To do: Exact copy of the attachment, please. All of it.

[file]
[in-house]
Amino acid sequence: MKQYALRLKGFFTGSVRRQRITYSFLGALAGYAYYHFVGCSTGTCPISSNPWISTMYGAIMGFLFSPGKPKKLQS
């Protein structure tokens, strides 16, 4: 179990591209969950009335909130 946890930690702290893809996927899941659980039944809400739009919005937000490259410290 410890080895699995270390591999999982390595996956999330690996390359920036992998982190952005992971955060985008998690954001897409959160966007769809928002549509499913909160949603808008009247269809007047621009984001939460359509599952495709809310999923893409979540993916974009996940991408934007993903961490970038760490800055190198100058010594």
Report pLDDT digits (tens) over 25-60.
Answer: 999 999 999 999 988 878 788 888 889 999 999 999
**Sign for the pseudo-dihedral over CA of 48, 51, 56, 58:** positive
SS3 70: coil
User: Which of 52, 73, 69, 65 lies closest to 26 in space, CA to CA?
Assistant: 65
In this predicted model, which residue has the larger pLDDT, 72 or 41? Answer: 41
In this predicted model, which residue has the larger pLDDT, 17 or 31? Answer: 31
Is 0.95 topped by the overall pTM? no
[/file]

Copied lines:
[in-house]
Amino acid sequence: MKQYALRLKGFFTGSVRRQRITYSFLGALAGYAYYHFVGCSTGTCPISSNPWISTMYGAIMGFLFSPGKPKKLQS
């Protein structure tokens, strides 16, 4: 179990591209969950009335909130 946890930690702290893809996927899941659980039944809400739009919005937000490259410290 410890080895699995270390591999999982390595996956999330690996390359920036992998982190952005992971955060985008998690954001897409959160966007769809928002549509499913909160949603808008009247269809007047621009984001939460359509599952495709809310999923893409979540993916974009996940991408934007993903961490970038760490800055190198100058010594």
Report pLDDT digits (tens) over 25-60.
Answer: 999 999 999 999 988 878 788 888 889 999 999 999
**Sign for the pseudo-dihedral over CA of 48, 51, 56, 58:** positive
SS3 70: coil
User: Which of 52, 73, 69, 65 lies closest to 26 in space, CA to CA?
Assistant: 65
In this predicted model, which residue has the larger pLDDT, 72 or 41? Answer: 41
In this predicted model, which residue has the larger pLDDT, 17 or 31? Answer: 31
Is 0.95 topped by the overall pTM? no